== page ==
Bexleu review of the year: September and October
PUBLISHED: 12:00 30 December 2012
In the fifth of a six-part series between now and New Year’s Eve, we look back at the stories that made the headlines in Bexley in 2012. It was quite a year for the borough.
The controversial first council leader of the borough of Bexley has died.
Jim Wellbeloved, who became leader when Bexley became a London borough in 1965, passed away last week aged 86. He was also MP for Erith and Crayford from 1965 to 1983 and hit the headlines when he was one of 28 Labour MPs to defect to the Social Democrat Party in 1981.
Mr Wellbeloved fought for the seat in the 1983 general election but he was narrowly defeated by current Bexleyheath and Crayford MP David Evennett.
Mr Evennett said: “When I was elected as his successor Jim could not have been more helpful and supportive with regards to constituents’ casework and local issues.
“My condolences go to his family at this sad time.”
He is survived by his wife Mavis, three children and four grandchildren.
Also this month:
It was revealed restaurants in Bexley are some of the worst in the country for food hygiene.
Bexley Invicta, which focuses on gay-friendly football, played its first competitive match.
The website of South London Healthcare trust was targeted by hackers.
Bexley taxi driver Jim Walker released a 3D board game based on London Bridge.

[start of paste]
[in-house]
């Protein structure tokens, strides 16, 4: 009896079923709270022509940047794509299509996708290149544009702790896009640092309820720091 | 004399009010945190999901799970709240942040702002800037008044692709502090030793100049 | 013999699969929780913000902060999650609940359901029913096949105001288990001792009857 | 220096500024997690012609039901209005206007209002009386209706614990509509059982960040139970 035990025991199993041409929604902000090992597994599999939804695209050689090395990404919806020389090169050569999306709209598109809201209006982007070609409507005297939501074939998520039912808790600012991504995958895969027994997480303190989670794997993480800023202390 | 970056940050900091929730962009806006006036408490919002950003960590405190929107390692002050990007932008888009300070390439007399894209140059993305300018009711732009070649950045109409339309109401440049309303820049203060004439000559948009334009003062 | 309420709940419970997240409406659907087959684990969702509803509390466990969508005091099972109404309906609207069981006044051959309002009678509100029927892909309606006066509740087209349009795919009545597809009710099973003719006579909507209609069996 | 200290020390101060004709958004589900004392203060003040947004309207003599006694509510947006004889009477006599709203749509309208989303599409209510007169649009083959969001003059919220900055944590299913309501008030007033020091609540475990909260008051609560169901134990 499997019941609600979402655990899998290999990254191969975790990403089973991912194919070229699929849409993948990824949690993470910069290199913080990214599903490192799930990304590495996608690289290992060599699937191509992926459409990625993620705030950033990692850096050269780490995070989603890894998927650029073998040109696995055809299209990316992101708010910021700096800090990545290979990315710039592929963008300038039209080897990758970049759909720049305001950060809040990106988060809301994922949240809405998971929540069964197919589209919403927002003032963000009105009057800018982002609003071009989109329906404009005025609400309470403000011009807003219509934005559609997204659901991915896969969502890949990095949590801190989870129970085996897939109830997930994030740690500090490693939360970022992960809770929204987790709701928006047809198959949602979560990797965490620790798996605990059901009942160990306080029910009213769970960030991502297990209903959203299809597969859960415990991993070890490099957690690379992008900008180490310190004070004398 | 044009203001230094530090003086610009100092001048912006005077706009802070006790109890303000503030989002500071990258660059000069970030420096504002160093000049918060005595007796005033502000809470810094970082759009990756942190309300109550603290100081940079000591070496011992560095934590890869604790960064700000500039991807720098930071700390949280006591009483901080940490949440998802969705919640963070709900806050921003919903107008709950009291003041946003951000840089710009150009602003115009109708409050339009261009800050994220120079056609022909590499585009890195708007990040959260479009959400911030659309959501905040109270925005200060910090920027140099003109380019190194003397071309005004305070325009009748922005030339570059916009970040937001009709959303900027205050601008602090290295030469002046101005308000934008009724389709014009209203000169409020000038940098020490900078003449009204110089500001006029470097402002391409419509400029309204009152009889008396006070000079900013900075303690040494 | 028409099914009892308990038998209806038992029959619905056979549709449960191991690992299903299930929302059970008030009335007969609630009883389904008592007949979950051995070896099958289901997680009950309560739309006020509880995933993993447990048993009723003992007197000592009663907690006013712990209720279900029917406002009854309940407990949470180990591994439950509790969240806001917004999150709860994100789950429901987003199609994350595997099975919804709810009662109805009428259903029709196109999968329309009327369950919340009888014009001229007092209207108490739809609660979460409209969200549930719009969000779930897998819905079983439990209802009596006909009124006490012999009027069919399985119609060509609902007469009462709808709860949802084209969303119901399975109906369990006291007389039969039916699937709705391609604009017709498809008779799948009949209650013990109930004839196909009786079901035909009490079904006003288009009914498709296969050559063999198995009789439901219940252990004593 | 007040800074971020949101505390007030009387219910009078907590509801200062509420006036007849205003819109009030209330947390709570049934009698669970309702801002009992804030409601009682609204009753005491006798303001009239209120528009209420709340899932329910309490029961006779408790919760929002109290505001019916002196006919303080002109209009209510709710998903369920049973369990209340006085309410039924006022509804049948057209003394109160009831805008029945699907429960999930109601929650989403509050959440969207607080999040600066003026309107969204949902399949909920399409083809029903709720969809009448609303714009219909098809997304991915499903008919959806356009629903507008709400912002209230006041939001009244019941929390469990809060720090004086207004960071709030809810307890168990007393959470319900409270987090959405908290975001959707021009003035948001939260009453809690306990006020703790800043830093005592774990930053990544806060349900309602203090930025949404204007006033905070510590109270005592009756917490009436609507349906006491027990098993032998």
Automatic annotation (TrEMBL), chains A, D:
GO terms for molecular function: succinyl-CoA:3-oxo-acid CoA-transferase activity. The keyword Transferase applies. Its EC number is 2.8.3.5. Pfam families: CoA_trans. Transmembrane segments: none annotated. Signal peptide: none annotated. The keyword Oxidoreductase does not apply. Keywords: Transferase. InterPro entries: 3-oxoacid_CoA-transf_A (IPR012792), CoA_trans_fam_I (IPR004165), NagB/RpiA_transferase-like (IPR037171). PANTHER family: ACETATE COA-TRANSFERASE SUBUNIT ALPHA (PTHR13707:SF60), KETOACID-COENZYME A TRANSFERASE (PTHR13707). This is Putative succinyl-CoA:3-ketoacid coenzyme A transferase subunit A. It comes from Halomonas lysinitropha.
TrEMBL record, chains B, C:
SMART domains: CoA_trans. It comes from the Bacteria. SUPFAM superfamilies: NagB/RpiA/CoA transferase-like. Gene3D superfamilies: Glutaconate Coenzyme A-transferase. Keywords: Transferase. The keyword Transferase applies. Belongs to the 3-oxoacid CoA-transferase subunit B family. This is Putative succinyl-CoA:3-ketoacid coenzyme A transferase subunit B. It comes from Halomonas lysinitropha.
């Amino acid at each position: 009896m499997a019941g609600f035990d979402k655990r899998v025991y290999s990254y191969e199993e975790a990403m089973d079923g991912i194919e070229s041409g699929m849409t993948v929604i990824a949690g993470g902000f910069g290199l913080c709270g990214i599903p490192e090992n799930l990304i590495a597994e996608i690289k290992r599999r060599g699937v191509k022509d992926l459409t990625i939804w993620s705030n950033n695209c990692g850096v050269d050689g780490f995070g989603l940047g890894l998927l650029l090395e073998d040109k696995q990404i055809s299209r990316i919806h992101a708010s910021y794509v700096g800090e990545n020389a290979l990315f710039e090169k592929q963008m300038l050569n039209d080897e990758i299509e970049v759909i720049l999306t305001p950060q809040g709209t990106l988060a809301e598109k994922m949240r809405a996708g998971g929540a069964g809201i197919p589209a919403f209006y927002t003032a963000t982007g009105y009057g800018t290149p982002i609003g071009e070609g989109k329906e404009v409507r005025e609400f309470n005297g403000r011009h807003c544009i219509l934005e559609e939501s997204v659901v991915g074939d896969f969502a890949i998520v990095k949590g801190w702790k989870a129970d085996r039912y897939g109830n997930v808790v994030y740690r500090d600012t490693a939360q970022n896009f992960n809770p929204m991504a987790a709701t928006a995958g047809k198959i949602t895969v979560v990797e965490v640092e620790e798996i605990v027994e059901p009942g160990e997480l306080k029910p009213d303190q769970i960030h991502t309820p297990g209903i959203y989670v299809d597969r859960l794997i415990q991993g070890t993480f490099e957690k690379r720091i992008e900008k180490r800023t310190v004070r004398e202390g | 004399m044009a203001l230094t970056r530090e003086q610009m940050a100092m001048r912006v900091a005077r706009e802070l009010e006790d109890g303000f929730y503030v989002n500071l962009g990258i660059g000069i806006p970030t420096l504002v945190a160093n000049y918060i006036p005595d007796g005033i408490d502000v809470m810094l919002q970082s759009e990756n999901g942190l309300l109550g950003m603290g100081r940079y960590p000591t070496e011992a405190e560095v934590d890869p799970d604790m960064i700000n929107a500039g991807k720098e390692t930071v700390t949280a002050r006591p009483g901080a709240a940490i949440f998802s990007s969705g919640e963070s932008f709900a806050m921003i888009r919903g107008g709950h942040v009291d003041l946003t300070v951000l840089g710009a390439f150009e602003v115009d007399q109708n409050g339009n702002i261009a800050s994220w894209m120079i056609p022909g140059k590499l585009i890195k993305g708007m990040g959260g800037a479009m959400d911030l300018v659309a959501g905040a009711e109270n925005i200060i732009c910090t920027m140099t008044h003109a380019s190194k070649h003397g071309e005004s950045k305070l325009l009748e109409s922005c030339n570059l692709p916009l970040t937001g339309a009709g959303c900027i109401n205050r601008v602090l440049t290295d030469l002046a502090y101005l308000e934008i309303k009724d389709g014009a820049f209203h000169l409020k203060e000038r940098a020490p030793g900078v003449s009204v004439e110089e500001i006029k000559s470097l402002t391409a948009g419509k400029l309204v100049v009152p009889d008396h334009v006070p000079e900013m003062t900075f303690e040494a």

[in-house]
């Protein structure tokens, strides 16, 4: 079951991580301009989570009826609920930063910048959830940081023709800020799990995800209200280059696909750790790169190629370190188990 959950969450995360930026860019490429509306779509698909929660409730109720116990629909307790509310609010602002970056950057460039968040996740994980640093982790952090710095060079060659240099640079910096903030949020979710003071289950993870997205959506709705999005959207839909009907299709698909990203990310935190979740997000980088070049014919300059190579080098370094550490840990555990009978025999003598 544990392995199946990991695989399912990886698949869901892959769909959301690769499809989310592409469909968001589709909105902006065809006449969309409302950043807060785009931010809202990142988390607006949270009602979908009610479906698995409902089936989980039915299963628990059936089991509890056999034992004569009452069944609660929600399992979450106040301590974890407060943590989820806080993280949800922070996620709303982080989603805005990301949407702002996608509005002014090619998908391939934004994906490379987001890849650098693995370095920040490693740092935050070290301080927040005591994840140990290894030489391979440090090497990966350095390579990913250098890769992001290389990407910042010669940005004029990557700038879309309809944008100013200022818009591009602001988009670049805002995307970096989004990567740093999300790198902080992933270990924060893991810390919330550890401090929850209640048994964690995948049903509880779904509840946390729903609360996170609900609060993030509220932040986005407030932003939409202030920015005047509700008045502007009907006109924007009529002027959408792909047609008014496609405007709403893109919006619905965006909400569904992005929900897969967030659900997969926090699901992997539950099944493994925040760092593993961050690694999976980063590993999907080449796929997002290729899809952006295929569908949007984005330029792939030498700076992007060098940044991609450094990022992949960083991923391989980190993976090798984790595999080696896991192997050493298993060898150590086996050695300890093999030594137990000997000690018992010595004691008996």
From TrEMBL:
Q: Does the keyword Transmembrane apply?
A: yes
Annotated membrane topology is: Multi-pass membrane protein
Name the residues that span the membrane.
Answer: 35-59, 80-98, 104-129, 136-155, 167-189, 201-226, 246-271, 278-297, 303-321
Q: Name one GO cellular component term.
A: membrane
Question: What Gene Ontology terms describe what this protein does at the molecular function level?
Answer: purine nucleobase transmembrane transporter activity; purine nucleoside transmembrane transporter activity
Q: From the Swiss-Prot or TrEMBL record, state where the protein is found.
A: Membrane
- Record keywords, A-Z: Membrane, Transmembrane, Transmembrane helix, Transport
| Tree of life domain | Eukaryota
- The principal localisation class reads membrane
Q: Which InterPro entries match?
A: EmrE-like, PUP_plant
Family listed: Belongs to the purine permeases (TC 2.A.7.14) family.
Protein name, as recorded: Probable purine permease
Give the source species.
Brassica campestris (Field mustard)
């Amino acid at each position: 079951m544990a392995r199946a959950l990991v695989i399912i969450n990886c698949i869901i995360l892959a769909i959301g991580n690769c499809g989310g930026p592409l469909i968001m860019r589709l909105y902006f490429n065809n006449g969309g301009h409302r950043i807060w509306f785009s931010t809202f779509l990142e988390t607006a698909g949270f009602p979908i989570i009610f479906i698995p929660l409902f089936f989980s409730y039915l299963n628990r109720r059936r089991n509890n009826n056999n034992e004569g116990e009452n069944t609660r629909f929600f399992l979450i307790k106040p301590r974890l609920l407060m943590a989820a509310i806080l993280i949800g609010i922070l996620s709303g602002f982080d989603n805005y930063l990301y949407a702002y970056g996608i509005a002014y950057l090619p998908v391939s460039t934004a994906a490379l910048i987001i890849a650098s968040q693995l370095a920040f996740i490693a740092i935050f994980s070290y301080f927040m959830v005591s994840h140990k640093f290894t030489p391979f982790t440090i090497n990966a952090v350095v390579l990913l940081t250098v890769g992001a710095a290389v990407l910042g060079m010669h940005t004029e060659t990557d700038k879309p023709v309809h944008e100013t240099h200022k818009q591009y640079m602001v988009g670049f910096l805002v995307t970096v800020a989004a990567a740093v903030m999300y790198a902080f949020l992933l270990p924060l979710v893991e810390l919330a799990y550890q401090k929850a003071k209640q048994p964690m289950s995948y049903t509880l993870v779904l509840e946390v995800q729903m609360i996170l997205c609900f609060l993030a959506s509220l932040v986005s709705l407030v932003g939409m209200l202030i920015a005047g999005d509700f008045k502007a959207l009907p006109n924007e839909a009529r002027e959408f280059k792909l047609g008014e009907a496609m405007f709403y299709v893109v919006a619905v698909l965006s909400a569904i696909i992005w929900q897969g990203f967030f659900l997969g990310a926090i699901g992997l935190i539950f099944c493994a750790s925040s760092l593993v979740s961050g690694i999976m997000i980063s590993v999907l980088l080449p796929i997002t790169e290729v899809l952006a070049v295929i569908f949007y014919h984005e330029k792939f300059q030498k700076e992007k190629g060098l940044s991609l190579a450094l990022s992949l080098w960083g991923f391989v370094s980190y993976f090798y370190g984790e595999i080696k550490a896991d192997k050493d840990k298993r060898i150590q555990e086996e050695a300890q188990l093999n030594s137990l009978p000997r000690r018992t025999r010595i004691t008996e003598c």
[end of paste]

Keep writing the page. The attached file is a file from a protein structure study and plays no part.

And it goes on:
South London Healthcare Trust should be broken up just three years after its formation, administrator Matthew Kershaw recommended today.
The Trust, which manages Queen Mary’s in Sidcup, the Princes Royal in Farnborough and Queen Elizabeth in Woolwich, was placed in to administration by the government in July- the first time such action has been taken against an NHS organisation.
Mr Kershaw published a draft report in which he stated the preferred option for the Princess Royal in Farnborough was for King’s College Hospital to acquire it.
He also recommended that Queen Mary’s in Sidcup should be made into a health campus.
One of the more controversial elements of Mr Kershaw’s report was for the closure of Lewisham Hospital’s A&E.
It would leave Bexley, Greenwich and Lewisham boroughs – an area which serves 750,000 people - with just one emergency department.
All of Lewisham’s patients should go to Queen Elizabeth- which took on patients from Queen Mary’s two years ago when its A&E closed.
John Lister, from campaign group London Health Emergency, said: “This is a formula for absolute disaster for people living in south-east London.”
Matthew Kershaw said: “The financial problems at SLHT are so significant that radical action is needed now, as the current situation is unsustainable and patients want and need reassurance about their local NHS.
“For the first three years of its existence, SLHT generated a total financial deficit of £154 million. The Trust is forecast to have an accumulated debt, relating of annual operating deficits, of £207 million by March 2013.
“These proposals not only address the situation, but will I believe actually achieve a sustainable improvement in the quality and safety of both emergency and planned healthcare for the two million people who live in south-east London.”
A public consultation begins tomorrow and ends on December 13.
Also this month:
A 33-year-old man was convicted of the murder of BBC lighting technician Paul Gunner in Welling.
Vandals damaged the Crayford War Memorial for the second time.
People in Bexley remembered the Great Storm on the 25th anniversary.
It was announced Bexley Police might be forced to share its police chief with a neighbouring borough in a cost cutting measure.
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